As the 2018/19 season kicked off Manchester United academy product Mason Greenwood was still only 16. Despite his youth, there were early signs that he was on the verge of the first-team setup when he was included in the club’s 2018 International Champions Cup roster.
His inclusion was partly down to the likes of Marcus Rashford and Romelu Lukaku being unavailable due to their FIFA World Cup involvement, but there were no doubts as to which youngster the club would turn to join the squad in their absence.
The Bradford-born forward joined the club aged six, spending time with the club’s development school in his home county of Yorkshire before moving across the Pennines to begin his career at the club’s youth academy.
Having spent the 2017/18 season with the under-18s, despite still being eligible for the under-16s, it became evident the teenager was able to play above his age group.
Greenwood's height helped him in this regard. Now standing at 1.81m but looking much taller on the field, the forward has burst onto the first-team picture, making his full debut in United’s final game of the season against Cardiff City, playing the full 90 minutes to become the club's second-youngest league debutant.
He had seven shots with four on target — more than any other player – and also contributed three key passes. Greenwood also completed three dribbles, and only Jesse Lingard had more match involvements than the teenager's 76.
This very small sample of stats paints a picture of a skilful, attack-minded player who is always looking to make things happen for his team, either by beating opposition players, shooting himself, or setting up others.
"Mason Greenwood was brilliant, he was our best player by a mile and that says a lot about the kid," United head coach Ole Gunnar Solskjær said afterwards.
"He came into a team which lacked confidence and you can see that has taken a toll, but I'm not surprised by his performance, we know he is capable of that.
"We’ll need some characters [next season] but of course you see Mason today, he’s made for Manchester United and a player we’ll see a lot of."
It was a promising performance which builds on an impressive youth career.
When Ricky Sbragia’s United youth side won the ICGT Trophy in May 2018, Greenwood was the youngest player in the squad, but that didn’t stop him being named player of the tournament after scoring three goals including the only goal of the final against Real Madrid.
Given the number of tournaments at youth level and the different age groups involved it’s difficult to determine official statistics, but one compilation recently showed Greenwood scoring 31 goals during the 2018/19 season at youth level, adding a further 12 assists.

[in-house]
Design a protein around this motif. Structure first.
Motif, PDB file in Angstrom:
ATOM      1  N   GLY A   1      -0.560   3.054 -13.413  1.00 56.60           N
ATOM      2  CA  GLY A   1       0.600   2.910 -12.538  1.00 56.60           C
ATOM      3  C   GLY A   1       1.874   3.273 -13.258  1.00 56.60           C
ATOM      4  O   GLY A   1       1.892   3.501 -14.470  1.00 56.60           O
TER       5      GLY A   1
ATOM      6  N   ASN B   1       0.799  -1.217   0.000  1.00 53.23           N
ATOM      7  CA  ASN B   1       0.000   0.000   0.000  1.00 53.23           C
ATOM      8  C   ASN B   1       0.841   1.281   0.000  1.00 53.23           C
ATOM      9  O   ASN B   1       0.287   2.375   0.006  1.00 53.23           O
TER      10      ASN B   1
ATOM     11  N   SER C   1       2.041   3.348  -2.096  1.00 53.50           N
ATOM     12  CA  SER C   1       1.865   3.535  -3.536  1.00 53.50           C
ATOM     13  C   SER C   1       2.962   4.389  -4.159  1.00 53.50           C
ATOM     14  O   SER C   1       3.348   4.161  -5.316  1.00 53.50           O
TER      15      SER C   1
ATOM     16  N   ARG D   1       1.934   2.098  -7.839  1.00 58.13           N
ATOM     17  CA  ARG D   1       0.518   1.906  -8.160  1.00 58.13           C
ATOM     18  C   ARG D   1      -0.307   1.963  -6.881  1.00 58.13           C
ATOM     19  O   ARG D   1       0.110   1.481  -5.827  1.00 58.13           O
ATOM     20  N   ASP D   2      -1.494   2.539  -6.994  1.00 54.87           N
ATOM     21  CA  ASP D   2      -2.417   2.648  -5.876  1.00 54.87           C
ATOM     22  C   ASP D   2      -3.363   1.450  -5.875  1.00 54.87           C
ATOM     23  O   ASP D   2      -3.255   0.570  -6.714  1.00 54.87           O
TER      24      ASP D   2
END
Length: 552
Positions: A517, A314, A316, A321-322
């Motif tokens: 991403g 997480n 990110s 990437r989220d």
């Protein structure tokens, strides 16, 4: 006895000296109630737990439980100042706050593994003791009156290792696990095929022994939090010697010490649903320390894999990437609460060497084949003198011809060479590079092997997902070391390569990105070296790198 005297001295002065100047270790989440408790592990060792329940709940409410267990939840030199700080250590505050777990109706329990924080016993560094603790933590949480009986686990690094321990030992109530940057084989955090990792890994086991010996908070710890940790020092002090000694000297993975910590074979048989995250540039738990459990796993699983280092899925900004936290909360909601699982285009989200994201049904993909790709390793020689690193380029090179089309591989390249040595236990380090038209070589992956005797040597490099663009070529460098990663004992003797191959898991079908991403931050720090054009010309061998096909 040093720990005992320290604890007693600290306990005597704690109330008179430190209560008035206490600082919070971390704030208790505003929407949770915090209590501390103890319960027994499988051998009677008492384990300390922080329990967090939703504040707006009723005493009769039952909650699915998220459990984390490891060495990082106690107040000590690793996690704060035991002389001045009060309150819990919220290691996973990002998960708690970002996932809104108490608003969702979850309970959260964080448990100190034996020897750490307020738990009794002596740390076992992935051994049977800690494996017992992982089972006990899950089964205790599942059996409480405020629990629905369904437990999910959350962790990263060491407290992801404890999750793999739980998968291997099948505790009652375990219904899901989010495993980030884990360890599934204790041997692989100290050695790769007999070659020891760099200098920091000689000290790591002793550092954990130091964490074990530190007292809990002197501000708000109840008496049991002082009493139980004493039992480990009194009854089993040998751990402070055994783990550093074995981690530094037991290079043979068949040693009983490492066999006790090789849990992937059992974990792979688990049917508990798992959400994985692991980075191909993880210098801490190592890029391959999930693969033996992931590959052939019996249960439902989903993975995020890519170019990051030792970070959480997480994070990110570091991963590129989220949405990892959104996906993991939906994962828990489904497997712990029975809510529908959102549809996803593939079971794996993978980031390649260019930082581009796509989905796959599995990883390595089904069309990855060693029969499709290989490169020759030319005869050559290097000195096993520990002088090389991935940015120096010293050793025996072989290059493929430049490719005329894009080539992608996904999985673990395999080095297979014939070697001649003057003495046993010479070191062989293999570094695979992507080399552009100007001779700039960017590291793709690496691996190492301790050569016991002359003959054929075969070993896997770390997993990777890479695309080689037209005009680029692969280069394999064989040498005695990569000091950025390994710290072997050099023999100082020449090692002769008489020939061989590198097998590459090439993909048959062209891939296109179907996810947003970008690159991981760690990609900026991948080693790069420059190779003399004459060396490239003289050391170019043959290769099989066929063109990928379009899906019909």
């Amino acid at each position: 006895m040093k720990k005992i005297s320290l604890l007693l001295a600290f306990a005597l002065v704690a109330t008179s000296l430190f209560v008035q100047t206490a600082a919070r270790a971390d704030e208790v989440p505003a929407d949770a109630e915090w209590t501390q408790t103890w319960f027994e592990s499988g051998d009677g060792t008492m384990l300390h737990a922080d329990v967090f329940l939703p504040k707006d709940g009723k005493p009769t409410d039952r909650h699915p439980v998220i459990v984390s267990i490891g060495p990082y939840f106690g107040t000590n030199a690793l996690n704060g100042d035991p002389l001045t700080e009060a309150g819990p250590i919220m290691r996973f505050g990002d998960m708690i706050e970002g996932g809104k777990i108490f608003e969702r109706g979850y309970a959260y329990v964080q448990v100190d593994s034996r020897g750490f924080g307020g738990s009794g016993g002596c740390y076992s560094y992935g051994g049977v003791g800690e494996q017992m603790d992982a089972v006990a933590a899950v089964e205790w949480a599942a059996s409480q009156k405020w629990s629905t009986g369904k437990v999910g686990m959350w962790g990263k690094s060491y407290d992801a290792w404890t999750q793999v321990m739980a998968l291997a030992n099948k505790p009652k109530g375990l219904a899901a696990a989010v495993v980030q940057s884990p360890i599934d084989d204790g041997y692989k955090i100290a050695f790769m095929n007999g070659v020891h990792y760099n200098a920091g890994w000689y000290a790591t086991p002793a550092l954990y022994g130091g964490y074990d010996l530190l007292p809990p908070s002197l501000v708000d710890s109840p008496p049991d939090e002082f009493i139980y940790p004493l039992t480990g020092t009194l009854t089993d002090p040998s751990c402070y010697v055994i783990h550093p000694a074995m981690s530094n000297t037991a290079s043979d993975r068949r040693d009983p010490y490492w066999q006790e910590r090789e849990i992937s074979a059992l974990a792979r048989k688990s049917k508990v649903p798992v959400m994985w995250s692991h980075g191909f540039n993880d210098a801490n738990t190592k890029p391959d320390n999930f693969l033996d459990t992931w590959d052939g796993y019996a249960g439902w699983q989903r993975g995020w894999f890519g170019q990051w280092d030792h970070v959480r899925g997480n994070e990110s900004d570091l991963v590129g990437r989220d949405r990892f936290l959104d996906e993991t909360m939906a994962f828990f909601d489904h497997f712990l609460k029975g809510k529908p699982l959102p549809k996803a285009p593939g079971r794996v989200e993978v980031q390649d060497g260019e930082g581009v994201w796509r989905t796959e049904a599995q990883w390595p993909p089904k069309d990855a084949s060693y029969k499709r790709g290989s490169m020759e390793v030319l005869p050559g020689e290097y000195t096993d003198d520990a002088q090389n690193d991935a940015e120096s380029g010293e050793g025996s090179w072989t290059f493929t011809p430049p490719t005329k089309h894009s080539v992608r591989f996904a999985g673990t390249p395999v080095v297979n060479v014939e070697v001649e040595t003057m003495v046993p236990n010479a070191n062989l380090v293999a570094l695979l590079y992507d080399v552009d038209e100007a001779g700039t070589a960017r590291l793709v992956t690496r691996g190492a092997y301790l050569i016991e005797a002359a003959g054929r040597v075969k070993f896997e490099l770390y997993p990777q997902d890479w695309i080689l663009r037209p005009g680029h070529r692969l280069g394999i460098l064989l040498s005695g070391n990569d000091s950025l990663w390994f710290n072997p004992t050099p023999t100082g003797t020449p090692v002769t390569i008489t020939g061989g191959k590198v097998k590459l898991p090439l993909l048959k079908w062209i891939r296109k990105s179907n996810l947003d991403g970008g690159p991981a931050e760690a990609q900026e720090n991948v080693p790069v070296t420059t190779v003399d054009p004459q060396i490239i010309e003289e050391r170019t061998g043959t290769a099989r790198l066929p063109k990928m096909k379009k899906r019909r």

A genuine two-footer, the Englishman lines up free kicks with either foot which is rare for even the most experienced players, never mind one so young.
Two-footed-ness isn’t merely strength in both feet, it’s flair and technique too. It’s common for players who can use both feet to be strong on both sides but favour one foot. Not Greenwood.
The scouting software says he’s right-footed, but if anything he tends to favour his left. When does the weaker foot become the stronger foot?
On top of this, he has great strength on the ball combined with a balance which makes it hard for defenders to dispossess him. On the occasions he does lose possession it’s usually due to his ambition, rather than anything the opposition has done to stop him.
His off-the-ball movement is excellent, and this combines with a vision on the ball which makes him just as aware of the movement of his team-mates on the off-chance they happen to be on the same wavelength as him.
His tricks are reminiscent of Rashford’s performances at youth level, but Greenwood has the potential to be even better.
Greenwood is an all-round forward. A creator as well as target man, he has the pace and skill of a winger.
In short, the type of player who is highly sought after in the modern game, and his off-the-ball work will make him even more valuable.
Though it may seem like Greenwood is still too young for the first team, the very best players in world soccer have usually made an impact by the time their teenage years come to an end.
This is especially true in the case of attacking players, who often enjoy the best periods of their career when they are young, quick, and able to play with a freedom only afforded to rookies.
The 2019 International Champions Cup will provide a one-off opportunity to see a player who is destined for the top in his formative years. Manchester United would do well to include him not only on their senior roster next season, but also in their matchday squads and starting lineups.